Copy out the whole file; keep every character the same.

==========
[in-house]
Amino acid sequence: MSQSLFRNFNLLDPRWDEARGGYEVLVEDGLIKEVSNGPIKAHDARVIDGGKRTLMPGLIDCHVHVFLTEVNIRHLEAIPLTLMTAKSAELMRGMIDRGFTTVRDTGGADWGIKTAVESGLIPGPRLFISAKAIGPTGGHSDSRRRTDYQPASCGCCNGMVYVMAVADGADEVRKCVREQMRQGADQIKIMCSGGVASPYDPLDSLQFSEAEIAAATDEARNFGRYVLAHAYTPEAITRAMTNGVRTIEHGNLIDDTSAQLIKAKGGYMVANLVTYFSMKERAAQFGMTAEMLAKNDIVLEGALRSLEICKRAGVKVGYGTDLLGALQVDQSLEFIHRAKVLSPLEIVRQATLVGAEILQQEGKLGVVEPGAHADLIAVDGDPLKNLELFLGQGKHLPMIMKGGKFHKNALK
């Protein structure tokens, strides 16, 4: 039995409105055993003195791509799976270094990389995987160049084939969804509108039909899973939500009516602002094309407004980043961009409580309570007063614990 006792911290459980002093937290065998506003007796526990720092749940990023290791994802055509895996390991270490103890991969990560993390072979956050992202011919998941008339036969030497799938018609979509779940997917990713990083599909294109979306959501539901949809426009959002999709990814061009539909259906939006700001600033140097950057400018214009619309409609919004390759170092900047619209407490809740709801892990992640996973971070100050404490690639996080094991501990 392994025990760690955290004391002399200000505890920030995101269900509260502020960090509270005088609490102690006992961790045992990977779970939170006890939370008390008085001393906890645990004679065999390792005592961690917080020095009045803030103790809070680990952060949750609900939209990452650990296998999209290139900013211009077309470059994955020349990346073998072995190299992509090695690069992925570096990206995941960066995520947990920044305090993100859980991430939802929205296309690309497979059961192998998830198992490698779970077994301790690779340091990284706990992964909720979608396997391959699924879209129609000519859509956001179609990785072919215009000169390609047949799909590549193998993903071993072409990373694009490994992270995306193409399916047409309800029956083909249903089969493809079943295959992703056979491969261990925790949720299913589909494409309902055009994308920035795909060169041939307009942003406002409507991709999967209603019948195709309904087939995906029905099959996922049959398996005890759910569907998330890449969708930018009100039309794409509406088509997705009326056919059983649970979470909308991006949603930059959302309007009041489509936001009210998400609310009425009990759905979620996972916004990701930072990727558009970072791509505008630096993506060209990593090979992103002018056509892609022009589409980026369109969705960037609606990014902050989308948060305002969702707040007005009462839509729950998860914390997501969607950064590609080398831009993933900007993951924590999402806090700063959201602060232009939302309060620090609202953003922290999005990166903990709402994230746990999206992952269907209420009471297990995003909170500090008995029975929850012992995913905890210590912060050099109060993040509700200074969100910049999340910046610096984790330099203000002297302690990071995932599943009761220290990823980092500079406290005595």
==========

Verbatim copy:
[in-house]
Amino acid sequence: MSQSLFRNFNLLDPRWDEARGGYEVLVEDGLIKEVSNGPIKAHDARVIDGGKRTLMPGLIDCHVHVFLTEVNIRHLEAIPLTLMTAKSAELMRGMIDRGFTTVRDTGGADWGIKTAVESGLIPGPRLFISAKAIGPTGGHSDSRRRTDYQPASCGCCNGMVYVMAVADGADEVRKCVREQMRQGADQIKIMCSGGVASPYDPLDSLQFSEAEIAAATDEARNFGRYVLAHAYTPEAITRAMTNGVRTIEHGNLIDDTSAQLIKAKGGYMVANLVTYFSMKERAAQFGMTAEMLAKNDIVLEGALRSLEICKRAGVKVGYGTDLLGALQVDQSLEFIHRAKVLSPLEIVRQATLVGAEILQQEGKLGVVEPGAHADLIAVDGDPLKNLELFLGQGKHLPMIMKGGKFHKNALK
């Protein structure tokens, strides 16, 4: 039995409105055993003195791509799976270094990389995987160049084939969804509108039909899973939500009516602002094309407004980043961009409580309570007063614990 006792911290459980002093937290065998506003007796526990720092749940990023290791994802055509895996390991270490103890991969990560993390072979956050992202011919998941008339036969030497799938018609979509779940997917990713990083599909294109979306959501539901949809426009959002999709990814061009539909259906939006700001600033140097950057400018214009619309409609919004390759170092900047619209407490809740709801892990992640996973971070100050404490690639996080094991501990 392994025990760690955290004391002399200000505890920030995101269900509260502020960090509270005088609490102690006992961790045992990977779970939170006890939370008390008085001393906890645990004679065999390792005592961690917080020095009045803030103790809070680990952060949750609900939209990452650990296998999209290139900013211009077309470059994955020349990346073998072995190299992509090695690069992925570096990206995941960066995520947990920044305090993100859980991430939802929205296309690309497979059961192998998830198992490698779970077994301790690779340091990284706990992964909720979608396997391959699924879209129609000519859509956001179609990785072919215009000169390609047949799909590549193998993903071993072409990373694009490994992270995306193409399916047409309800029956083909249903089969493809079943295959992703056979491969261990925790949720299913589909494409309902055009994308920035795909060169041939307009942003406002409507991709999967209603019948195709309904087939995906029905099959996922049959398996005890759910569907998330890449969708930018009100039309794409509406088509997705009326056919059983649970979470909308991006949603930059959302309007009041489509936001009210998400609310009425009990759905979620996972916004990701930072990727558009970072791509505008630096993506060209990593090979992103002018056509892609022009589409980026369109969705960037609606990014902050989308948060305002969702707040007005009462839509729950998860914390997501969607950064590609080398831009993933900007993951924590999402806090700063959201602060232009939302309060620090609202953003922290999005990166903990709402994230746990999206992952269907209420009471297990995003909170500090008995029975929850012992995913905890210590912060050099109060993040509700200074969100910049999340910046610096984790330099203000002297302690990071995932599943009761220290990823980092500079406290005595």